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Still listening, no big plan yet: LAUSD chief Michelle King wraps up community tour for the school year

Sarah Favot | May 26, 2016



 

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LAUSD board member Ref Rodriguez with Superintendent Michelle King at Tuesday’s forum in Cypress Park.

As Michelle King wrapped up her “listen and learn” tour in her first semester as LA Unified superintendent, she said she still has more listening to do before announcing her priorities, a strategy that some experts said could make her more successful than her predecessors.

Many people have been asking her about her plans, but “It’s not going to be a Michelle plan,” she said. “The Board of Education and I, we have said, it’s going to be an LAUSD plan. It’s going to be built from the ground up.”

Tuesday’s 8 a.m. town hall at Nightingale Middle School in Cypress Park was the last of three large forums on her tour before the end of the school year and attracted a little more than 100 people. The first, in March at  Pacoima Middle School, drew about 700 people, while about 500 attended one earlier this month at Gage Middle School in Huntington Park.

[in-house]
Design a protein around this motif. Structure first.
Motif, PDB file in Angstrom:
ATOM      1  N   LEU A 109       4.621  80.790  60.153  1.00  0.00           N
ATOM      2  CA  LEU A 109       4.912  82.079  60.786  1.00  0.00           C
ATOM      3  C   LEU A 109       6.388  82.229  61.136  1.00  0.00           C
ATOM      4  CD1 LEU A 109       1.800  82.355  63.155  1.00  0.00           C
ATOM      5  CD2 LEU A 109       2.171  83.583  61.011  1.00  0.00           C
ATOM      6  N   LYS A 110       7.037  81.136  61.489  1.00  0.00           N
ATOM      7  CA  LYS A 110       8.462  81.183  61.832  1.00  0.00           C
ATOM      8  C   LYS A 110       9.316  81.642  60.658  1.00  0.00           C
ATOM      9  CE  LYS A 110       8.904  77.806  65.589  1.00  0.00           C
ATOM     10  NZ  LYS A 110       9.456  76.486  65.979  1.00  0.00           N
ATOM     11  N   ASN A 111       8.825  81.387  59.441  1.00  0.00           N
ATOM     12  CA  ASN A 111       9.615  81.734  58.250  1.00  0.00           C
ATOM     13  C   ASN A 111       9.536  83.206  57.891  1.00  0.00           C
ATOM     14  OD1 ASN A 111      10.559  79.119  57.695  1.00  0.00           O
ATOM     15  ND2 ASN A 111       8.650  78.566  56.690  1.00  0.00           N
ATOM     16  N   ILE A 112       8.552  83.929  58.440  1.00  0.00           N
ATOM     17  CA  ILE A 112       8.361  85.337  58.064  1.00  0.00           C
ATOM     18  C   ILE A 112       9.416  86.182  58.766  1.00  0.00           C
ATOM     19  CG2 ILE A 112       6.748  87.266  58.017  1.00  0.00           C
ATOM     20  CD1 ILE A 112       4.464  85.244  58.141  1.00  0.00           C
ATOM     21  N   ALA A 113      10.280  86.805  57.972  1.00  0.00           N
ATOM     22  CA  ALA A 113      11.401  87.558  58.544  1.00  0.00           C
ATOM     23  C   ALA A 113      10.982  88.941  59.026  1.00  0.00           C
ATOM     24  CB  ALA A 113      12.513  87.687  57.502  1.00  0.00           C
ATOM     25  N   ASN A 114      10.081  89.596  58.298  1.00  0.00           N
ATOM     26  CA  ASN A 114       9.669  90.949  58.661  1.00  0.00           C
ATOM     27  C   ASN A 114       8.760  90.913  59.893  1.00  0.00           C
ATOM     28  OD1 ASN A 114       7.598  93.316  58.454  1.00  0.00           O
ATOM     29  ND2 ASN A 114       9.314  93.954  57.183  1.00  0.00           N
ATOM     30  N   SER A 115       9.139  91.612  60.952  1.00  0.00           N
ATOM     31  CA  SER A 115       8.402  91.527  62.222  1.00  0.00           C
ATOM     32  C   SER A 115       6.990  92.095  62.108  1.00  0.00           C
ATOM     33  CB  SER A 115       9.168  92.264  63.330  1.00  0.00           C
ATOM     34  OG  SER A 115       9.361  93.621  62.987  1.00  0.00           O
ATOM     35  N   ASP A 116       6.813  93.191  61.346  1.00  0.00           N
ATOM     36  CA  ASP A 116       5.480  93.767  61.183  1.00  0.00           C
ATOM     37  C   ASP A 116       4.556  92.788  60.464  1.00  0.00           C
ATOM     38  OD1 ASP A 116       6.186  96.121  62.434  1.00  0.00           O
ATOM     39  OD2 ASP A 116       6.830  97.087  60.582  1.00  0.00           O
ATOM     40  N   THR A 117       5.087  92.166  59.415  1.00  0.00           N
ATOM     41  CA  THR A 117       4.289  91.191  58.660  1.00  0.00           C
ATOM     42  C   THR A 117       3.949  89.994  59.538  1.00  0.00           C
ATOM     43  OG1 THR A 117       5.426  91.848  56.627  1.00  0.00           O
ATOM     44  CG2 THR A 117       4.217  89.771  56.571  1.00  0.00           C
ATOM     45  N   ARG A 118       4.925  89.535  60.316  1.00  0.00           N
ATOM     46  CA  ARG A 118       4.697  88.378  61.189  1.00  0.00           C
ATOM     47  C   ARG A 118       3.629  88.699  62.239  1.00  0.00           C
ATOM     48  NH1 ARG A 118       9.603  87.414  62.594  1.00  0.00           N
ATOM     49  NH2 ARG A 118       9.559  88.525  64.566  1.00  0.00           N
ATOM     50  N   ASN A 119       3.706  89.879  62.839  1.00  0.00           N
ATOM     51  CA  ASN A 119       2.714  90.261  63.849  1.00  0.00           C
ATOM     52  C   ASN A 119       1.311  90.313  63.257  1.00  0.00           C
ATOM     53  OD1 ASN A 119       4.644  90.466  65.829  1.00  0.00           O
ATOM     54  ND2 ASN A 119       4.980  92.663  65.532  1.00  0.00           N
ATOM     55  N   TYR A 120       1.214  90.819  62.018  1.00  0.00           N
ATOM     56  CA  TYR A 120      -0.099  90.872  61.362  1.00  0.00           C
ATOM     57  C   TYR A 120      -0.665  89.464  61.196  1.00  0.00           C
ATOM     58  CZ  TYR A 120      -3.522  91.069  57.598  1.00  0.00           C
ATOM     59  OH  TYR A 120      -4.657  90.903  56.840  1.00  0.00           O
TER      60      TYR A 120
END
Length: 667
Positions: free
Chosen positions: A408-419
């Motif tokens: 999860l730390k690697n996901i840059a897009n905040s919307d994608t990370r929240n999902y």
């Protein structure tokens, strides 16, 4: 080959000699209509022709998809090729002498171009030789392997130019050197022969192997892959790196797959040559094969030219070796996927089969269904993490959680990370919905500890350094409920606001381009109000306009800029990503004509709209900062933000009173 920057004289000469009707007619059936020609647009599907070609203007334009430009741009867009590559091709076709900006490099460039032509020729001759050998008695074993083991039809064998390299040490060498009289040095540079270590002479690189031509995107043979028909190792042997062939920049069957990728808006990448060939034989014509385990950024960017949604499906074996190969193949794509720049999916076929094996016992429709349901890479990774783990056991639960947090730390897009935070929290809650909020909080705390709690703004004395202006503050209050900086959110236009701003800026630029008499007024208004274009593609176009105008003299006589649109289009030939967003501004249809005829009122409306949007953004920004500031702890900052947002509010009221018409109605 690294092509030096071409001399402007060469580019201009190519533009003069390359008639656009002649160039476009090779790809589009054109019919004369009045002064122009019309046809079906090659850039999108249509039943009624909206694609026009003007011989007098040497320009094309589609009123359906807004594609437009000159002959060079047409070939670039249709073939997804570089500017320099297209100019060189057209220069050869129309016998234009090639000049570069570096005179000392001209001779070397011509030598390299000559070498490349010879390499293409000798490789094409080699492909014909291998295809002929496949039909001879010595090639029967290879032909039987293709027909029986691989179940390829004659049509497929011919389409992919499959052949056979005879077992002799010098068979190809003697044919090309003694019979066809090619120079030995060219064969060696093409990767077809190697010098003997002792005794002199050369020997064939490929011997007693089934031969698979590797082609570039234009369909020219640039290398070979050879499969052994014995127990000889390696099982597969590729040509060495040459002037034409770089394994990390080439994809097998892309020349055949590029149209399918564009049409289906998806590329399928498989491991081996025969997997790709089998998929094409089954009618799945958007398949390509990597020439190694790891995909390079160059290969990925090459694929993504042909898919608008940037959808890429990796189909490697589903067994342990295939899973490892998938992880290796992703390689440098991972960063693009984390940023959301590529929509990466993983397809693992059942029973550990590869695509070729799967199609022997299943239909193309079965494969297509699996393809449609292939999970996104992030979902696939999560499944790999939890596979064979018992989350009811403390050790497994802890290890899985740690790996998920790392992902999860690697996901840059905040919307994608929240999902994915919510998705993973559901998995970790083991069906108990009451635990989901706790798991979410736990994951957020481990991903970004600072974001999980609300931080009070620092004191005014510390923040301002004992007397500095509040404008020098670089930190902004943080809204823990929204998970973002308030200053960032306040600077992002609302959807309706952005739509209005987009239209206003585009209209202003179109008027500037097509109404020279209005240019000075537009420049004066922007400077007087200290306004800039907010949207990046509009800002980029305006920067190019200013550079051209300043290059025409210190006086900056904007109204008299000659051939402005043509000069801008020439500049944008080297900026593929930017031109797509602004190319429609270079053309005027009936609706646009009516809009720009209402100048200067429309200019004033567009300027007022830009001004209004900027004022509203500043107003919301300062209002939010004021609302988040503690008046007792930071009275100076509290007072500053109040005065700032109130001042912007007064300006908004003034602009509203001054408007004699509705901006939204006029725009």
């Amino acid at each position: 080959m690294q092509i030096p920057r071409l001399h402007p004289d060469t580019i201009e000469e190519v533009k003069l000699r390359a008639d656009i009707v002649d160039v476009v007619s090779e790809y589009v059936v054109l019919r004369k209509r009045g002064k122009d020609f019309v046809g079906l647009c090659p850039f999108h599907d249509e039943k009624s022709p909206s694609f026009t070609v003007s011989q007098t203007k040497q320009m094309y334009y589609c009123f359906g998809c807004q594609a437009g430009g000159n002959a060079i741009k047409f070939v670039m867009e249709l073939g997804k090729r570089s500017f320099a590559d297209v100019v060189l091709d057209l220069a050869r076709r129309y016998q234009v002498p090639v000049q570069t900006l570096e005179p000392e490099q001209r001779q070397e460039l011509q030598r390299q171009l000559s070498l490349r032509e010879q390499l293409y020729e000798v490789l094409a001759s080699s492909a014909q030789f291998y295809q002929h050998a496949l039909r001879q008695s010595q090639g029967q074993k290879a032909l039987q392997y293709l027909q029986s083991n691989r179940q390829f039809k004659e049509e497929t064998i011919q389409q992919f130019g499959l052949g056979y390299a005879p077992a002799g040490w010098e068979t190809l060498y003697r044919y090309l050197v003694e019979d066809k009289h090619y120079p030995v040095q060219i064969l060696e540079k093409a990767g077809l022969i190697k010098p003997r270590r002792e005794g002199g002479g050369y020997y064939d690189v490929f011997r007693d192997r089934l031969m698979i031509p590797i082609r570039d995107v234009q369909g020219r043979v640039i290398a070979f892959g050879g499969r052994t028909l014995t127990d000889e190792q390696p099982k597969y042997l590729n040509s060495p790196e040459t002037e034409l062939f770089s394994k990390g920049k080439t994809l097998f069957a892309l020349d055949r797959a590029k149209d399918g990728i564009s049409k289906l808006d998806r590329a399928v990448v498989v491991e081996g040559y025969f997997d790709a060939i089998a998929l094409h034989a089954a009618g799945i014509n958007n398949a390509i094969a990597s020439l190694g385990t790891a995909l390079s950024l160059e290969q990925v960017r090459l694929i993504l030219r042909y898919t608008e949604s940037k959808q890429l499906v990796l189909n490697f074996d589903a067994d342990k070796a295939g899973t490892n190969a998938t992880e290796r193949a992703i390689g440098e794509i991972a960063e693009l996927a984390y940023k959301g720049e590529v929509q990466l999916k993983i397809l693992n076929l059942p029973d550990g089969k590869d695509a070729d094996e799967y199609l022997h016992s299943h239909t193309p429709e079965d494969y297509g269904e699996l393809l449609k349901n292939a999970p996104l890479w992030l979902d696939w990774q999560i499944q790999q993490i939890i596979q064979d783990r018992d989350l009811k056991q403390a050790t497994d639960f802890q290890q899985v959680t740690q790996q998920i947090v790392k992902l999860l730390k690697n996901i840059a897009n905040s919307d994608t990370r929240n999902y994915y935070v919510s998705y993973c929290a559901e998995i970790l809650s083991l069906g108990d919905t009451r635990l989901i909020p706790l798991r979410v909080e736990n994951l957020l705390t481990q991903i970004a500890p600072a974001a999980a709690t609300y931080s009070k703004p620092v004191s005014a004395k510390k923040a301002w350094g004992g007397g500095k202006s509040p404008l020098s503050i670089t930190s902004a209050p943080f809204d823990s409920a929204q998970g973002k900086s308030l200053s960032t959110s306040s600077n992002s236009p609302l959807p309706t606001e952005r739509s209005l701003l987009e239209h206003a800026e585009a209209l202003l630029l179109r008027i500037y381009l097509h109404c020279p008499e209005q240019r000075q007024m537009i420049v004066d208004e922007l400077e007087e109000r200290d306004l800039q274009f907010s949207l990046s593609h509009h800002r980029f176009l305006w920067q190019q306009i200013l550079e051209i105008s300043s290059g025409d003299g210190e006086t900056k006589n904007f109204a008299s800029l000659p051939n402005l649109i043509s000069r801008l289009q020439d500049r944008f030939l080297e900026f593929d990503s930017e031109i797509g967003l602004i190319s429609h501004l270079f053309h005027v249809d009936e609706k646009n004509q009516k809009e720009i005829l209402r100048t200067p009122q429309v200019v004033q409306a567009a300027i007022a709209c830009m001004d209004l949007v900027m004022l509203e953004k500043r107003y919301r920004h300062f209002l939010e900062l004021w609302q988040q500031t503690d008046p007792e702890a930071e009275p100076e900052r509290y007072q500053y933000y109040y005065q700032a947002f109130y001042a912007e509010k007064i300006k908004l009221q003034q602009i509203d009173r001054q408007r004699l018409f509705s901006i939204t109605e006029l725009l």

Antonio Plascencia Jr., who leads King’s transition team, said that the superintendent has held about 20 other meetings of various sizes with audiences from high school students to school facilities managers and members of community groups.

Plascencia said the qualitative data collected at the meetings will be used to develop King’s strategic plan.

Some parents said Tuesday it was the first time they had ever seen an LA Unified superintendent at their neighborhood school.

District officials said they believe King is the first superintendent to have an organized series of forums to meet with parents and the community.

“No previous superintendent has ever done that. I think that’s a good start,” said parent Courtney Everts Mykytyn.

ASSESSING THE STRATEGY

Experts said that King’s approach of meeting with parents and community members before revealing her priorities is wise.

Pedro Garcia, a professor of clinical education at USC’s Rossier School of Education, said King’s leadership style is to build relationships and a support team that will help to carry out the vision.

“She knows the system. She has a much better perspective than the previous superintendent,” said Garcia, a former schools superintendent in Nashville, Tenn., and in districts in California.